Globally, an estimated 3.7 billion people under 50 have the herpes simplex virus type 1 (HSV-1) infection, according to the World Health Organization (WHO).¹ Because 67% of the world's population has been afflicted with this infection, primarily children from 6 months to 5 years old, more information should be available to educate you about this condition.
This article will take an in-depth look at herpetic gingivostomatitis, explaining:
What herpetic gingivostomatitis is
The causes of herpetic gingivostomatitis
The risk factors for contracting herpetic gingivostomatitis
What symptoms to recognize
How herpetic gingivostomatitis can be diagnosed
The treatments available for this condition
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This condition can range from being asymptomatic to producing painful blistering lesions on the tongue, cheeks, mouth, and gums, as well as on the borders and skin around the lips.
This condition is derived from an infection known as type 1 herpes simplex virus (HSV-1) in greater than 90% of cases. It is not to be confused with type 2 herpes simplex virus (HSV-2), a sexually transmitted disease that mainly causes genital herpes but can also cause 10% of cases of herpes gingivostomatitis.
HSV-1 is naturally inclined to infect the cells in the epithelium barriers in different locations inside the mouth. The epithelium barriers are layers that protect the underlying tissues in the mouth from any dangers that can occur outside of these layers. Still, HSV-1, in a small number of cases of herpetic gingivostomatitis, can also result in genital herpes if there has been orogenital contact.
Any child, adolescent, or adult is susceptible to contracting herpetic gingivostomatitis. Still, it mostly starts in childhood and becomes a lifelong condition. According to the National Library of Medicine, it is estimated that almost 90% of the world's population has a positive result for HSV-1 when their blood serum is tested.²
There are no seasonal or geographical limitations for the activity of this virus, nor does it discriminate, as all genders, races, and ethnic groups are susceptible to testing positive for HSV-1.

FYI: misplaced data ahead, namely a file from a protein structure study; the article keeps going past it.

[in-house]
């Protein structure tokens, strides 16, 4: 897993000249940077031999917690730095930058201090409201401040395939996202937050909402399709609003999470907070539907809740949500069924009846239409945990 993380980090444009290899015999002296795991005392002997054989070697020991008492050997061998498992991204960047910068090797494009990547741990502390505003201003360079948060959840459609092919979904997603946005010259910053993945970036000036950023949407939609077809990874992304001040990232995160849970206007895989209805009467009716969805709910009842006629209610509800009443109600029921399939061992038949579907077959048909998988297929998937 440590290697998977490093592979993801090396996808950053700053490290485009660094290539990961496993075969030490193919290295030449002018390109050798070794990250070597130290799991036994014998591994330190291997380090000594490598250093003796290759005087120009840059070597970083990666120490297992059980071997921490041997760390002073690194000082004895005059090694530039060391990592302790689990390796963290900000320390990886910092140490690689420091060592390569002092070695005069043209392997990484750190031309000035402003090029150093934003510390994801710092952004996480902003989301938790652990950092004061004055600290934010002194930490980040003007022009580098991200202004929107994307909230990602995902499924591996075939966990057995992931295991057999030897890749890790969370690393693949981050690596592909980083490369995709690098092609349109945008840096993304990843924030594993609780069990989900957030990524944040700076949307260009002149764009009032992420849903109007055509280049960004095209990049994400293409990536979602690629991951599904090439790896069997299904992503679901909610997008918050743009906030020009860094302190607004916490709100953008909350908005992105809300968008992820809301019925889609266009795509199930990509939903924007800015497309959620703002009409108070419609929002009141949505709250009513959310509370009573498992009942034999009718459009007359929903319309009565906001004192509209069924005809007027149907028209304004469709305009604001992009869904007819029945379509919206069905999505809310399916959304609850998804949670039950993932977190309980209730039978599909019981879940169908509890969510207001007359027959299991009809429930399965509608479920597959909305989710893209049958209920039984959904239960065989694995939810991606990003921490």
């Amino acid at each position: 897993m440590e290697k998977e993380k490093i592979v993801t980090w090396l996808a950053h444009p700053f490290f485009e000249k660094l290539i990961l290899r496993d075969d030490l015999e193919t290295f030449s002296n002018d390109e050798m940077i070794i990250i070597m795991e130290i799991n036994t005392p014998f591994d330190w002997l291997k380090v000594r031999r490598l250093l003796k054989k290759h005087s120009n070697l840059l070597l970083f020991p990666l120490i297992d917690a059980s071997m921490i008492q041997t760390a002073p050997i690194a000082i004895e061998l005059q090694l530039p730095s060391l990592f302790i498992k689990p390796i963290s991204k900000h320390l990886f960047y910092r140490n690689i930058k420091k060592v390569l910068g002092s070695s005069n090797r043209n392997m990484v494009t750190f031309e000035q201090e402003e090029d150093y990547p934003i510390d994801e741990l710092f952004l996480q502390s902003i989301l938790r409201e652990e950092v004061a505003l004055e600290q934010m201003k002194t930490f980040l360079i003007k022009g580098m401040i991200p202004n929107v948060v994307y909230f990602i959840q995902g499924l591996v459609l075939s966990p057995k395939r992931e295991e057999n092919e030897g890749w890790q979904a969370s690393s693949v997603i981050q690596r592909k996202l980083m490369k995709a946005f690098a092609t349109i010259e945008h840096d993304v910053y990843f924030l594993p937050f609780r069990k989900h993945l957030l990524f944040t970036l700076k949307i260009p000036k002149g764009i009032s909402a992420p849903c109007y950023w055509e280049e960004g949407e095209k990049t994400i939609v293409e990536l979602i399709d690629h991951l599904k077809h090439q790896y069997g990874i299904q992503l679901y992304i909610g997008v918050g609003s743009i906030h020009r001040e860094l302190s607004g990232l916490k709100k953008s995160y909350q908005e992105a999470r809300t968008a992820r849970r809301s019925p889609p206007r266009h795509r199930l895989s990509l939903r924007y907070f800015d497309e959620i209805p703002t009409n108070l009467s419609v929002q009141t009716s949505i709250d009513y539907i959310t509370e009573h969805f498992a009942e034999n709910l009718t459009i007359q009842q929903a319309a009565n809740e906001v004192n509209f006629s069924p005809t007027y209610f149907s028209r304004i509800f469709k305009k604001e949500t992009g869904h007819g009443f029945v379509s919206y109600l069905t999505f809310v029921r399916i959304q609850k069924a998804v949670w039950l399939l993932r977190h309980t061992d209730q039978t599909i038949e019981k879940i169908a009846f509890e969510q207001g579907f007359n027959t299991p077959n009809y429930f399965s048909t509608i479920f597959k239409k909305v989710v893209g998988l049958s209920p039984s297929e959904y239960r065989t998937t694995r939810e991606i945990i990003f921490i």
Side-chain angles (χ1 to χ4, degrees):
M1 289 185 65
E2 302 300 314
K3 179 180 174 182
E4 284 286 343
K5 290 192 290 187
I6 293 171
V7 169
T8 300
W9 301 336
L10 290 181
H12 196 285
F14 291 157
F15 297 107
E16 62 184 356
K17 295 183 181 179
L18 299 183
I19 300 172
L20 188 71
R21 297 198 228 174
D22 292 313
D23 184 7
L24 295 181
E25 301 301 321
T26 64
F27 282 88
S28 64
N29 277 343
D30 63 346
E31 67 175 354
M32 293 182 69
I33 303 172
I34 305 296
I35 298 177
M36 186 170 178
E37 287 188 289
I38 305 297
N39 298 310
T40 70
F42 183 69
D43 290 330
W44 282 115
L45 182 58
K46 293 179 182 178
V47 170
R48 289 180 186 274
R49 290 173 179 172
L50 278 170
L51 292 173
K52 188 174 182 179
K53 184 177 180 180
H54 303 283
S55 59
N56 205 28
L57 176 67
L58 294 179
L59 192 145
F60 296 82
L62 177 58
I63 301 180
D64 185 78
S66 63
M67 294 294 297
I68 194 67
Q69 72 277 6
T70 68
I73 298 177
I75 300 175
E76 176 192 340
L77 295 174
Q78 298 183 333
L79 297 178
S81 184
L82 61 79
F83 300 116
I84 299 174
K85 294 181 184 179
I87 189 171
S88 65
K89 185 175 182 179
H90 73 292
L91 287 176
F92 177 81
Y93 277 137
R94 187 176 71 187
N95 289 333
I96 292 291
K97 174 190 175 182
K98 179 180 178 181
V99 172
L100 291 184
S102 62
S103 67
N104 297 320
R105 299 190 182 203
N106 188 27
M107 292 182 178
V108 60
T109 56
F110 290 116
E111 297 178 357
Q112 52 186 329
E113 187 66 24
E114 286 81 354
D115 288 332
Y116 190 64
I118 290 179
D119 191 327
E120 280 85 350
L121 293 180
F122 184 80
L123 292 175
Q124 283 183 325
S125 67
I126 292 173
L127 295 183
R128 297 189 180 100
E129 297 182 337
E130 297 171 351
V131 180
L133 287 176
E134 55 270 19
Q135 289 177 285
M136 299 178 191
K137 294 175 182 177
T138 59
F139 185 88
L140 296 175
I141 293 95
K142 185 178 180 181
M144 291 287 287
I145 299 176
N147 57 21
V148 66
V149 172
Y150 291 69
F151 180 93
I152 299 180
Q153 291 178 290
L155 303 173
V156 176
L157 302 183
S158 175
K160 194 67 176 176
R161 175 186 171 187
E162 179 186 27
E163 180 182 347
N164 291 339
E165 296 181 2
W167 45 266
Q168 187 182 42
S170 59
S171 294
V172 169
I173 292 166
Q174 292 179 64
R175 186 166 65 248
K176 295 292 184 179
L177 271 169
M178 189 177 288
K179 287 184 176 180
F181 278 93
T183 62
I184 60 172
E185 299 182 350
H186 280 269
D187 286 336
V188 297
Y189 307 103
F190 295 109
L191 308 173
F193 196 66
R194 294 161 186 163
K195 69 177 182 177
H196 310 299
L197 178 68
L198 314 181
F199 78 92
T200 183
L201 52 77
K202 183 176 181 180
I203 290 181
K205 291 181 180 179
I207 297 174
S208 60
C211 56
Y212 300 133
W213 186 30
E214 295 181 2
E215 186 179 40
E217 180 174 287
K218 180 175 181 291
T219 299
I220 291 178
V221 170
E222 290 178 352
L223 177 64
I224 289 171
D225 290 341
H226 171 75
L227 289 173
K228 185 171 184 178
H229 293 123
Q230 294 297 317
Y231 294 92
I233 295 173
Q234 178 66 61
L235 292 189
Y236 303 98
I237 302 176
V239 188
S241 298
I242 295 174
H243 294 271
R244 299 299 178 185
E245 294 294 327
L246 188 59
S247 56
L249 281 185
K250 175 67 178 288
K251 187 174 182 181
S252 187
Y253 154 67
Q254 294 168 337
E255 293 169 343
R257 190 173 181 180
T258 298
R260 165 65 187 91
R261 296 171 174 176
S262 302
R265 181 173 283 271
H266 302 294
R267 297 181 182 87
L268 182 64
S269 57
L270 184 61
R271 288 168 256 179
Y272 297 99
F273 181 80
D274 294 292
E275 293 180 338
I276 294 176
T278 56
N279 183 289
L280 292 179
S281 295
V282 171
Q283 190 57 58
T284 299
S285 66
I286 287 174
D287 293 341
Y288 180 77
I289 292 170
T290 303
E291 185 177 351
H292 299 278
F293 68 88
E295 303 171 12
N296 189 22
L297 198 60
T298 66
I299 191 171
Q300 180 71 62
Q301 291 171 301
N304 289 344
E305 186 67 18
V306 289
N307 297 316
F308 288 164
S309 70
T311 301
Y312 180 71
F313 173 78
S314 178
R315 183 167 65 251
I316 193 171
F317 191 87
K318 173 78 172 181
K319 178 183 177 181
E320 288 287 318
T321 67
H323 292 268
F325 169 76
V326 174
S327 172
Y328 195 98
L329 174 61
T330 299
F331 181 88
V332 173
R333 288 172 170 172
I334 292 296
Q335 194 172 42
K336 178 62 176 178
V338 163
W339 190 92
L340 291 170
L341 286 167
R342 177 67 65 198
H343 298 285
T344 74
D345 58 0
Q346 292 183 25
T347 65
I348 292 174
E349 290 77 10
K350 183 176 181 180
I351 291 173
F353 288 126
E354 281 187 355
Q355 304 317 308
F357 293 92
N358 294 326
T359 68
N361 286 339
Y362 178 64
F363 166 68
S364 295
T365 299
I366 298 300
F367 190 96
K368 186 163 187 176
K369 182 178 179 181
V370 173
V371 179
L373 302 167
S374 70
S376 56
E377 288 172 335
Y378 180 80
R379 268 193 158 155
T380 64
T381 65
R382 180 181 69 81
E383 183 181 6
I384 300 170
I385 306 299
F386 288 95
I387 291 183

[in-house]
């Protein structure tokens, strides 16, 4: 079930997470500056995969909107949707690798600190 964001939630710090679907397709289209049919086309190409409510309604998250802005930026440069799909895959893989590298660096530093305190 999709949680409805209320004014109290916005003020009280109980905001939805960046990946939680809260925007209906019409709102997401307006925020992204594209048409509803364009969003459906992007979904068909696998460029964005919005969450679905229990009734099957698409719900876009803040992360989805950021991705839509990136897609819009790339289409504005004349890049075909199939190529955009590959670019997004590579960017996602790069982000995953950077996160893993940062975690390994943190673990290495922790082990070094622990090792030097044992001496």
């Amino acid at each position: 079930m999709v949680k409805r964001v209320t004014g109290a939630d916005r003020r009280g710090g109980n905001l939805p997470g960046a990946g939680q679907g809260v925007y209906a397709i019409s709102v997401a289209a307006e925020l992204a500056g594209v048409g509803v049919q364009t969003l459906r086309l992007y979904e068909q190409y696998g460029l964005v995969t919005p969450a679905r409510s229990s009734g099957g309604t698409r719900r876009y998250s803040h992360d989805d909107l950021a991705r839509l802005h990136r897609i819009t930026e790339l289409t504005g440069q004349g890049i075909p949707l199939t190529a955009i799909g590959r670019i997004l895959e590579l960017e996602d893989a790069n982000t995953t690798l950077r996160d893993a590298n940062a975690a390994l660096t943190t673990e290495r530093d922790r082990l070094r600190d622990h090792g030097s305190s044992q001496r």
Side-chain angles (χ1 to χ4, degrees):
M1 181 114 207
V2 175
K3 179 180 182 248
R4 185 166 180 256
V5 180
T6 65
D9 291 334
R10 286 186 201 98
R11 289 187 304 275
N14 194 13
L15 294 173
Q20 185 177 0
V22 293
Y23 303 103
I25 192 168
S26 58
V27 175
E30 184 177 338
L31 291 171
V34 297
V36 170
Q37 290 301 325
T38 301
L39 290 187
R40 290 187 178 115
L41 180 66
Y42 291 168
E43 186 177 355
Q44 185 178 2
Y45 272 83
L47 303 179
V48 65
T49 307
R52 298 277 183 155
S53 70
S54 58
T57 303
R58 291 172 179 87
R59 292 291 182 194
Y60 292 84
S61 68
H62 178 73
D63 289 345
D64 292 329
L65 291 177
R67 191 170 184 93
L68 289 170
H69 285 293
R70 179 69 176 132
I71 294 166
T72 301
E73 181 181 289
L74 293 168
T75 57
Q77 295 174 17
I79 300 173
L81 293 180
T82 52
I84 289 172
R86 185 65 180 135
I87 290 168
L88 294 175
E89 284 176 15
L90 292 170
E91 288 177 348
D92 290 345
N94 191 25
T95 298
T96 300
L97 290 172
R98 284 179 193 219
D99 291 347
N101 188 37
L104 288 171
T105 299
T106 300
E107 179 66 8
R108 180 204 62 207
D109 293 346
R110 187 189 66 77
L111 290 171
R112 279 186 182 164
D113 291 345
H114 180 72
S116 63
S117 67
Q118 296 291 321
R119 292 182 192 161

Herpetic gingivostomatitis is a three-pronged nuisance:
Once a person has been infected, the virus can invade and reproduce in the cells of the nervous system.
It can take up residence and lie dormant in the nervous system without the individual knowing it's there. In other words, it doesn't present any symptoms or clues that the virus exists.
Stimuli can activate and reactivate the virus over time, bringing about ulcers in the mouth, gums, lips, and throat.
Stimuli that can reactivate the virus include anything that might place stress on the body:
Upper respiratory infections
Herpetic gingivostomatitis is contagious and can be transmitted from person to person by oral secretions such as saliva and mucoid secretions.
It's possible that HSV-1 can be transmitted from the mouth and skin surfaces around the mouth even when they appear normal and have no sores. The risk of transmitting HSV-1 when sores are present exponentially increases.
Active lesions, sores, cold sores, or fever blisters on the mouth, lips, or skin around the mouth are the most significant risk factors when considering the contagion level of HSV-1.
Whether during the primary infection or any infections after that, the person may experience tingling, itching, or a burning sensation around the mouth before cold sores, painful blisters, or open sores appear.
When children are exposed to HSV-1, their first outbreak can be quite severe. The severity of the symptoms can range from mild discomfort to a crippling illness that requires hospitalization.
Bad breath and a fever of 102°F or greater can accompany the oral sores and lesions that may appear on, around, or inside the mouth. Children may have no desire to eat or drink, depending on the pain level of the lesions.